Senior Jessica Thompson is majoring in electrical engineering and will join a competitive program for young engineers after graduation.
By Kristen Mitchell
Senior Jessica Thompson said becoming a licensed pilot was one of the smartest things she’s ever done. Learning how to fly at age 17 helped her prepare for the stress of pursuing a challenging engineering degree and planning for the future.
“It teaches you a lot about keeping your head calm,” she said. “I’m a very emotional person but when it gets really high stress, I go into my pilot mode. It helped me realize I’m practical, in engineering if I put my mind to it, I can do it.”
When it was time to start job hunting, Ms. Thompson, a senior majoring in electrical engineering, made a plan. She started crafting her professional resume during her freshman year. She spends a few hours every month making changes and incorporating feedback from her sister, a GW alumna, and professors. She mastered the art of writing a cover letter, a process fine-tuned by discussing, writing and editing her work—about three hours a week on average. She typically writes about five versions of each cover letter, perfecting her prose and mission statement with each draft.
When she saw the application window for a potential dream job at General Electric was quickly closing, she didn’t panic— she prepared.
The job was a position in the Edison Engineering Development Program, a prestigious multi-year fellowship that would allow her to try out different sectors of the engineering field. She didn’t see the application until there were only two days left to apply. Ms. Thompson put together an application that would lead to multiple interviews and eventually a job.
Ms. Thompson worked full time the summer after her junior year doing research under School of Engineering and Applied Science Professor David Nagel, who researches low energy nuclear reactions and noise in solar cells. When her workday was done, she spent evenings scanning company websites for job postings and going over options with her dad, a mechanical engineer.
“I kind of treated it like school,” she said. “Like it was homework.”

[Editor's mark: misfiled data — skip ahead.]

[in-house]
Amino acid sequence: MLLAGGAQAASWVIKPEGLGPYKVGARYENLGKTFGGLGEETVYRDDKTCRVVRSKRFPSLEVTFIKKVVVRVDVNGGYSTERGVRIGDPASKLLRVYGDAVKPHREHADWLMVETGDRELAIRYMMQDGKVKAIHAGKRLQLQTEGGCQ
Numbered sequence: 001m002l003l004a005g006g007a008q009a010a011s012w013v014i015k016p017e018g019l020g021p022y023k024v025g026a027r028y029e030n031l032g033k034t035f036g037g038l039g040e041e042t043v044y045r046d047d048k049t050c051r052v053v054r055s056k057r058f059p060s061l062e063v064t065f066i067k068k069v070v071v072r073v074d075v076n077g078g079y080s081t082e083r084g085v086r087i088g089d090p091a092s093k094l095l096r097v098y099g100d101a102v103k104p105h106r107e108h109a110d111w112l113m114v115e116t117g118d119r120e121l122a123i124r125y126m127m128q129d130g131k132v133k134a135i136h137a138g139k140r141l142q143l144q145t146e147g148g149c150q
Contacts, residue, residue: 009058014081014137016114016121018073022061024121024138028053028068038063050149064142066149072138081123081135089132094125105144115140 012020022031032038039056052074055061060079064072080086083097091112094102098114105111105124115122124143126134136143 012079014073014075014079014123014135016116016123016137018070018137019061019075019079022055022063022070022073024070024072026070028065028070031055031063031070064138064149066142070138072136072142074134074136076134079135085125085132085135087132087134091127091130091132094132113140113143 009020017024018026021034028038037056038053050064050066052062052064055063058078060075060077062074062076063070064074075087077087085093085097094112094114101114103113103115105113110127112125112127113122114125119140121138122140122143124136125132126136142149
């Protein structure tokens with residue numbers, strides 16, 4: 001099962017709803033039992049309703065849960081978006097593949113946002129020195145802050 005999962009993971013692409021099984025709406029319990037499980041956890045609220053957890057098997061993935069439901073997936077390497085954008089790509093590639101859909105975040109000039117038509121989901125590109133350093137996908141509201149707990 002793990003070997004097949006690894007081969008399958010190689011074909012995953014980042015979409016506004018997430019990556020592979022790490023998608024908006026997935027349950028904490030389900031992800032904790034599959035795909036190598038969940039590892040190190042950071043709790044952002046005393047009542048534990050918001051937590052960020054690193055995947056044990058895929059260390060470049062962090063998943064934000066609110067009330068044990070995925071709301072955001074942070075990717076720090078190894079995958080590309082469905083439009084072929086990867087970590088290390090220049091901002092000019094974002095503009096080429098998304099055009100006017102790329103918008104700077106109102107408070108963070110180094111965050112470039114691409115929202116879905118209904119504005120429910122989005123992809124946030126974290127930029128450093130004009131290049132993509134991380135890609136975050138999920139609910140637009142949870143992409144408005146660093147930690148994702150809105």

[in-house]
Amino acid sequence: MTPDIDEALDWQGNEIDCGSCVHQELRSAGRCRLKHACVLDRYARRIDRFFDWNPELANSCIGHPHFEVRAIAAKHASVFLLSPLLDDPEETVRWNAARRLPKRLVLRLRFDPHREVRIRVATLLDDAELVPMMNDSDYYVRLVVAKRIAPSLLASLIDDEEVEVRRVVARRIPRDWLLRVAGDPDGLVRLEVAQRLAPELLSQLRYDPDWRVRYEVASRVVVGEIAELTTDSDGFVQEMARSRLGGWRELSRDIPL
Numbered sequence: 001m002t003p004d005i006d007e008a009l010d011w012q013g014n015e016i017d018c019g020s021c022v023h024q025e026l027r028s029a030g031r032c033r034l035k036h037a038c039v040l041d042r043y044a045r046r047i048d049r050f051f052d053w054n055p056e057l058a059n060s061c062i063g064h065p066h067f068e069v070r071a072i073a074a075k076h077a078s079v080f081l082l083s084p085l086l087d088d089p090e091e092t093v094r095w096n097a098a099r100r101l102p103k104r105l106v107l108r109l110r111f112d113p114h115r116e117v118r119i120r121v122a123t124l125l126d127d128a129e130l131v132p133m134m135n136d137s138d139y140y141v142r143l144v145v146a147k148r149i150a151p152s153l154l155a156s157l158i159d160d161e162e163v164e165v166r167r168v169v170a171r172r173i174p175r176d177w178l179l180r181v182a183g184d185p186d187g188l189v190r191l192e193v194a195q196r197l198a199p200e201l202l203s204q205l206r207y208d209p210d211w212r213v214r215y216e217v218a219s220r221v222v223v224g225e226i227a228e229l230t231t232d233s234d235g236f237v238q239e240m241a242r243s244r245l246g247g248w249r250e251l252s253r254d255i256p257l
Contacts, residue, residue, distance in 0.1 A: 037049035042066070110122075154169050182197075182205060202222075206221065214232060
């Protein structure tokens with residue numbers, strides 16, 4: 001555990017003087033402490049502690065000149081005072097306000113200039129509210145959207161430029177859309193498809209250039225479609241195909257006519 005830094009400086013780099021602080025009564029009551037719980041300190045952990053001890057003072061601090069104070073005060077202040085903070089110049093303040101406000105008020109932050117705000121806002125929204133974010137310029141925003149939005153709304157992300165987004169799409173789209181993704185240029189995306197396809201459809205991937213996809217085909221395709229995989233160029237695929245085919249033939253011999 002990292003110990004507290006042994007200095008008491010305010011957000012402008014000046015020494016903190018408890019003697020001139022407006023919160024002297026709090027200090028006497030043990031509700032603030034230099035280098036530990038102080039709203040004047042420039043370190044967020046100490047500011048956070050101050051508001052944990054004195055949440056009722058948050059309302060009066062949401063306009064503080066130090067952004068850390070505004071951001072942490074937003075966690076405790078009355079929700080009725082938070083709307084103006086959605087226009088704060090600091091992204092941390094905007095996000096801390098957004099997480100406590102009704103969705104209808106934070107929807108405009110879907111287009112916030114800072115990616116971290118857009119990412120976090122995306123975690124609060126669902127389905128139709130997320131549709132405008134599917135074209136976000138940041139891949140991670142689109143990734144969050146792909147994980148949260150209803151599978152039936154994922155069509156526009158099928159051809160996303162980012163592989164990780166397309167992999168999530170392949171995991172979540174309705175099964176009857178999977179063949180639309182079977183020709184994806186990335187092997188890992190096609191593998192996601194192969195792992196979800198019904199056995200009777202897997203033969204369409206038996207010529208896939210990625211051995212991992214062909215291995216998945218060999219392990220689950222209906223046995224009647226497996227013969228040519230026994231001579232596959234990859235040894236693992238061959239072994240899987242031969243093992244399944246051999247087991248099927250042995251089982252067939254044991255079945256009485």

Ms. Thompson knew she wanted to work for a large company, and her dad suggested she look into GE, where he got his start. Ms. Thompson’s father traveled the world for work and eventually was sent to Colombia, where he met Ms. Thompson’s mother.
“My dad kept talking about the Edison Engineers because when he was working for GE, he thought the company’s best engineers were the Edison Engineers,” she said.
After applying Ms. Thompson did a preliminary interview with pre-recorded questions and then completed five phone interviews over two weeks during fall semester. By October, she had accepted a position with Current, powered by GE based in Montreal.
Current works on projects that explore eco-friendly power alternatives, including the transition from traditional lightbulbs to LED lighting, Ms. Thompson said. She is passionate about energy and is excited to work abroad. As part of the program, she will rotate to a different project every few months.
Ms. Thompson is a member of Pi Beta Phi sorority and GW Catholics. She recently presented her work at the annual SEAS Student Research and Development Showcase.
Ms. Thompson said many students become overwhelmed applying for jobs their senior year leading up to graduation. She said starting the process her junior year and securing a job during fall semester senior year relieved a lot of her stress about school.
Ms. Thompson believes investing time into perfecting her cover letters helped her application stand out. Instead of telling an employer why she would be qualified for the job, she focused on her family’s history with GE, the importance of innovation in power and how the company’s values aligned with her own.
She is direct, but descriptive in her cover letters, she said, and attempts to hook the reader with a brief introduction to show them why she would be a valuable employee. Ms. Thompson compared cover letters to a short college application essay— a way to sell yourself in 400 words or less.
“If you stick with what you say in the cover letter in your interview, then it really makes you shine to them,” she said.
Ms. Thompson relied on SEAS faculty mentors like Dr. Nagel to look over her resume and improve her interview skills. Forming relationships with faculty was crucial to her success, she said.
Only about 15 percent of engineers in the United States are female, according to a report by the Congressional Joint Economic Committee. The number of female engineering students is on the rise, but many of them don’t end up staying in the field. Ms. Thompson said she isn’t sure what she wants to do long term, but know she wants to “be constantly going somewhere new or trying something new.”
Looking for an internship or full-time job? Reach out to Career Services for help drafting a resume or cover letter, networking and interview practice.